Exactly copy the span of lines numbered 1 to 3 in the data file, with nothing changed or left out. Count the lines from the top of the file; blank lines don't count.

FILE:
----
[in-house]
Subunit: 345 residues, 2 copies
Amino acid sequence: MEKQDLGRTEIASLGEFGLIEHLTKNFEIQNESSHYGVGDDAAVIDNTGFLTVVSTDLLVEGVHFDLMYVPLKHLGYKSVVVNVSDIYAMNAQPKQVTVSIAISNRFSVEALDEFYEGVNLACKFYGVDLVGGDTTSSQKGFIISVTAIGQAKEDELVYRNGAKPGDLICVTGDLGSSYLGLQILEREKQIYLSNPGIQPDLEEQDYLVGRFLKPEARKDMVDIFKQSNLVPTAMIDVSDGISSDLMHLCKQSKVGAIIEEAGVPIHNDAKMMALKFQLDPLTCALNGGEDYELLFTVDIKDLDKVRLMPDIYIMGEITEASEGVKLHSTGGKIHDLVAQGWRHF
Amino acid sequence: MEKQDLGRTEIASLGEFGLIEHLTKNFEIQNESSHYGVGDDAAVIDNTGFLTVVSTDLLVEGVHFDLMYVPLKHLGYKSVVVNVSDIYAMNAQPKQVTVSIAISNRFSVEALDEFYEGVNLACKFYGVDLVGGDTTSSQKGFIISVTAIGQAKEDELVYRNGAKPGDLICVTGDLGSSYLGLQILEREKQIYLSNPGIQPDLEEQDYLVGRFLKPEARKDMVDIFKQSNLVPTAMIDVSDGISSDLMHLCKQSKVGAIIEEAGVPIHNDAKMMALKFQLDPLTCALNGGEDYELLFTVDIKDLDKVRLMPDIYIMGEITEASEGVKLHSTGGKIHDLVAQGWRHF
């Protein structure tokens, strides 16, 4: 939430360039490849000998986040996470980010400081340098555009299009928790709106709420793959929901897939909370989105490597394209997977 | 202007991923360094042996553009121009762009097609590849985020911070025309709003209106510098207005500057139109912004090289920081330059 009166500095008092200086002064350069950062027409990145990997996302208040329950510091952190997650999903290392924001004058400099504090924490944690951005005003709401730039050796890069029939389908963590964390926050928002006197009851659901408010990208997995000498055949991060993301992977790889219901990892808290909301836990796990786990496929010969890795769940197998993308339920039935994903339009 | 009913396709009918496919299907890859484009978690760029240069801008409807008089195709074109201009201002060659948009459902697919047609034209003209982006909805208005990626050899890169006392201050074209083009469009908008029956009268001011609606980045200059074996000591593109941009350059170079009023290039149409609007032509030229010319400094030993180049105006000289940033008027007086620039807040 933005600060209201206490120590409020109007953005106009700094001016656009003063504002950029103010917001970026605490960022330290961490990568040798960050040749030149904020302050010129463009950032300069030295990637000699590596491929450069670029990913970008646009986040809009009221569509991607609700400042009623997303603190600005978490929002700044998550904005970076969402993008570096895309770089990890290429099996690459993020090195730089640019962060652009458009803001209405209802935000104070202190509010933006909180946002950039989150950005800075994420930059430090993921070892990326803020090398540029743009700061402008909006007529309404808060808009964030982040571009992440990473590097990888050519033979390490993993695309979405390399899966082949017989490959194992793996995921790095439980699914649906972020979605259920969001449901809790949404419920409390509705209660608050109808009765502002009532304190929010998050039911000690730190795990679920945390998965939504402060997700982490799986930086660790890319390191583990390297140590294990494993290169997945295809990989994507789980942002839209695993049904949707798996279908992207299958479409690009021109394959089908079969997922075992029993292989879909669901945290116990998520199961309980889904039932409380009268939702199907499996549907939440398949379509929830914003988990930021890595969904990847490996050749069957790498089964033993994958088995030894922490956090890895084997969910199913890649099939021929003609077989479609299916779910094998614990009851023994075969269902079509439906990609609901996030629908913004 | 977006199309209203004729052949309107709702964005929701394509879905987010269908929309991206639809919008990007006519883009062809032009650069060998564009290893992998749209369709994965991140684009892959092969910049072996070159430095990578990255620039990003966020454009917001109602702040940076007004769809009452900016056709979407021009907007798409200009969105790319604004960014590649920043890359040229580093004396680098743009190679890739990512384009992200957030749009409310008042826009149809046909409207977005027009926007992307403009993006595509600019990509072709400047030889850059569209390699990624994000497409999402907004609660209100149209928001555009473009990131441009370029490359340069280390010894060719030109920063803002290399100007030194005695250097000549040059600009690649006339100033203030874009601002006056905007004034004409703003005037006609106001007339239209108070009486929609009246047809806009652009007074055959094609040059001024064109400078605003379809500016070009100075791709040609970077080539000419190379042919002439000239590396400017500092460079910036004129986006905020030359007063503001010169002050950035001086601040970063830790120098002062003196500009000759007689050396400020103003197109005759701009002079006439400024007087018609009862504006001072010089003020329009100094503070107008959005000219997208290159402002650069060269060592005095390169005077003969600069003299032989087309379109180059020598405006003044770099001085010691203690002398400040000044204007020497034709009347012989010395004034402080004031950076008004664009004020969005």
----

[in-house]
Subunit: 345 residues, 2 copies
Amino acid sequence: MEKQDLGRTEIASLGEFGLIEHLTKNFEIQNESSHYGVGDDAAVIDNTGFLTVVSTDLLVEGVHFDLMYVPLKHLGYKSVVVNVSDIYAMNAQPKQVTVSIAISNRFSVEALDEFYEGVNLACKFYGVDLVGGDTTSSQKGFIISVTAIGQAKEDELVYRNGAKPGDLICVTGDLGSSYLGLQILEREKQIYLSNPGIQPDLEEQDYLVGRFLKPEARKDMVDIFKQSNLVPTAMIDVSDGISSDLMHLCKQSKVGAIIEEAGVPIHNDAKMMALKFQLDPLTCALNGGEDYELLFTVDIKDLDKVRLMPDIYIMGEITEASEGVKLHSTGGKIHDLVAQGWRHF